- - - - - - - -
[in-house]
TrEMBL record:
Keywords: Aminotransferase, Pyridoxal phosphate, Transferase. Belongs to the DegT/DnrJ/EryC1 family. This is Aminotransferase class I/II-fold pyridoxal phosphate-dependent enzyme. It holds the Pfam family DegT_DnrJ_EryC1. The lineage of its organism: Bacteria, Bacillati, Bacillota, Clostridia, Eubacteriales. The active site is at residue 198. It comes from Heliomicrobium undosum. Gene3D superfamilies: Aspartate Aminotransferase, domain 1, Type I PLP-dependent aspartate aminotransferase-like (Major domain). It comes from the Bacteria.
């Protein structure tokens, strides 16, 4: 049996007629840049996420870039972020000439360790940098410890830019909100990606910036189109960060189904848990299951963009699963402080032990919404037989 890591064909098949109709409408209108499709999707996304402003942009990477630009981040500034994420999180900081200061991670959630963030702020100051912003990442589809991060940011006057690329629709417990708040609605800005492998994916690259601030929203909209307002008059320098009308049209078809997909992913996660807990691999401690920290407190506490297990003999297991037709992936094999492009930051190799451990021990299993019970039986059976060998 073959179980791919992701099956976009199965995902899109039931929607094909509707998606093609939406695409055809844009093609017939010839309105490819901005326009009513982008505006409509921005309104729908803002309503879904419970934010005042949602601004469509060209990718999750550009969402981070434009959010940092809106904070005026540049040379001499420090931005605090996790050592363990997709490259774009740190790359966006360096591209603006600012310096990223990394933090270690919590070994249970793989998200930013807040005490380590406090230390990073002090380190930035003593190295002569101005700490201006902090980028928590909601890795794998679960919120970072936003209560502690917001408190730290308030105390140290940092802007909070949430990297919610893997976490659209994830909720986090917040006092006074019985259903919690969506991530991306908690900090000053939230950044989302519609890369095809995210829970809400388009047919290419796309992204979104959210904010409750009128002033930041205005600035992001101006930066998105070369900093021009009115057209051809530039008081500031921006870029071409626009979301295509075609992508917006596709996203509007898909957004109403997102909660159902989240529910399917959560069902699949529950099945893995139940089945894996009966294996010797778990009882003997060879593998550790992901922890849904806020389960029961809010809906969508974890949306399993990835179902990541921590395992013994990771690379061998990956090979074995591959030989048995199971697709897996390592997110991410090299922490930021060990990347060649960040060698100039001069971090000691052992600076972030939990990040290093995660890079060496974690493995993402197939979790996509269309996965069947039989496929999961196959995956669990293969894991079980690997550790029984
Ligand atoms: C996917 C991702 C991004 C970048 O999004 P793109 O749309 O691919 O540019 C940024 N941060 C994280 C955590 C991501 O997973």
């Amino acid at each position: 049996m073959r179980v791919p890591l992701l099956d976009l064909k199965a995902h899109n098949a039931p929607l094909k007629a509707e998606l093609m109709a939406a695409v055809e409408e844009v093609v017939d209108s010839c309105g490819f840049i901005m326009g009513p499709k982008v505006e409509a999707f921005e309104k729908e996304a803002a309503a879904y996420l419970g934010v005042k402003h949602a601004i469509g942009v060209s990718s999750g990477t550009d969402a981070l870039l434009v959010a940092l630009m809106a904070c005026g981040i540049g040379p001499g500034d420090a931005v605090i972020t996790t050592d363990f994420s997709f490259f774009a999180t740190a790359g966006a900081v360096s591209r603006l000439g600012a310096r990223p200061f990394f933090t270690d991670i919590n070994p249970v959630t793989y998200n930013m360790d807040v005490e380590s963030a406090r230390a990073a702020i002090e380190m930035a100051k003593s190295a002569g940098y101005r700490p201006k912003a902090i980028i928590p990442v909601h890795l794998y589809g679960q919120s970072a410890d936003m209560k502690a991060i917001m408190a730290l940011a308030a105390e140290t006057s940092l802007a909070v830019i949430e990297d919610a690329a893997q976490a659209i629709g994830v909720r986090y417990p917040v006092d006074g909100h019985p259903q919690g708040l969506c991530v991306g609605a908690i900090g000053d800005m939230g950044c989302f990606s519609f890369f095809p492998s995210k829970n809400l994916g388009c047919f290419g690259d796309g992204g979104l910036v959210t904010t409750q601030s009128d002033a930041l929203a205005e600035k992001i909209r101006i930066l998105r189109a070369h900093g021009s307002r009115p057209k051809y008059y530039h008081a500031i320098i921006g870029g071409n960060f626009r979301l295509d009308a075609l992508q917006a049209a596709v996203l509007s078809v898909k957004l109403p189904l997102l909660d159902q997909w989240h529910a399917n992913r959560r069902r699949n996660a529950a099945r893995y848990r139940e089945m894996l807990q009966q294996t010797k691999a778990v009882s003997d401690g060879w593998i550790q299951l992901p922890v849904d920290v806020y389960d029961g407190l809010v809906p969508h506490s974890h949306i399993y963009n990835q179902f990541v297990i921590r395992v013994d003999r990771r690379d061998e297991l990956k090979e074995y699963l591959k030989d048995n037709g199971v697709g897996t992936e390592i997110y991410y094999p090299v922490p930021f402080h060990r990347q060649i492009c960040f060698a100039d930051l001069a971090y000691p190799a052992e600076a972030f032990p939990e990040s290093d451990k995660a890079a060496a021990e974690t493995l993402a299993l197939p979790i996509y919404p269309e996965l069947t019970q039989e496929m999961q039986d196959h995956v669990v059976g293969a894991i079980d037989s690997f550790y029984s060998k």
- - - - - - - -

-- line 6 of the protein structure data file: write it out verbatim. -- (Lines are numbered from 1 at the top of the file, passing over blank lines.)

């Amino acid at each position: 049996m073959r179980v791919p890591l992701l099956d976009l064909k199965a995902h899109n098949a039931p929607l094909k007629a509707e998606l093609m109709a939406a695409v055809e409408e844009v093609v017939d209108s010839c309105g490819f840049i901005m326009g009513p499709k982008v505006e409509a999707f921005e309104k729908e996304a803002a309503a879904y996420l419970g934010v005042k402003h949602a601004i469509g942009v060209s990718s999750g990477t550009d969402a981070l870039l434009v959010a940092l630009m809106a904070c005026g981040i540049g040379p001499g500034d420090a931005v605090i972020t996790t050592d363990f994420s997709f490259f774009a999180t740190a790359g966006a900081v360096s591209r603006l000439g600012a310096r990223p200061f990394f933090t270690d991670i919590n070994p249970v959630t793989y998200n930013m360790d807040v005490e380590s963030a406090r230390a990073a702020i002090e380190m930035a100051k003593s190295a002569g940098y101005r700490p201006k912003a902090i980028i928590p990442v909601h890795l794998y589809g679960q919120s970072a410890d936003m209560k502690a991060i917001m408190a730290l940011a308030a105390e140290t006057s940092l802007a909070v830019i949430e990297d919610a690329a893997q976490a659209i629709g994830v909720r986090y417990p917040v006092d006074g909100h019985p259903q919690g708040l969506c991530v991306g609605a908690i900090g000053d800005m939230g950044c989302f990606s519609f890369f095809p492998s995210k829970n809400l994916g388009c047919f290419g690259d796309g992204g979104l910036v959210t904010t409750q601030s009128d002033a930041l929203a205005e600035k992001i909209r101006i930066l998105r189109a070369h900093g021009s307002r009115p057209k051809y008059y530039h008081a500031i320098i921006g870029g071409n960060f626009r979301l295509d009308a075609l992508q917006a049209a596709v996203l509007s078809v898909k957004l109403p189904l997102l909660d159902q997909w989240h529910a399917n992913r959560r069902r699949n996660a529950a099945r893995y848990r139940e089945m894996l807990q009966q294996t010797k691999a778990v009882s003997d401690g060879w593998i550790q299951l992901p922890v849904d920290v806020y389960d029961g407190l809010v809906p969508h506490s974890h949306i399993y963009n990835q179902f990541v297990i921590r395992v013994d003999r990771r690379d061998e297991l990956k090979e074995y699963l591959k030989d048995n037709g199971v697709g897996t992936e390592i997110y991410y094999p090299v922490p930021f402080h060990r990347q060649i492009c960040f060698a100039d930051l001069a971090y000691p190799a052992e600076a972030f032990p939990e990040s290093d451990k995660a890079a060496a021990e974690t493995l993402a299993l197939p979790i996509y919404p269309e996965l069947t019970q039989e496929m999961q039986d196959h995956v669990v059976g293969a894991i079980d037989s690997f550790y029984s060998k």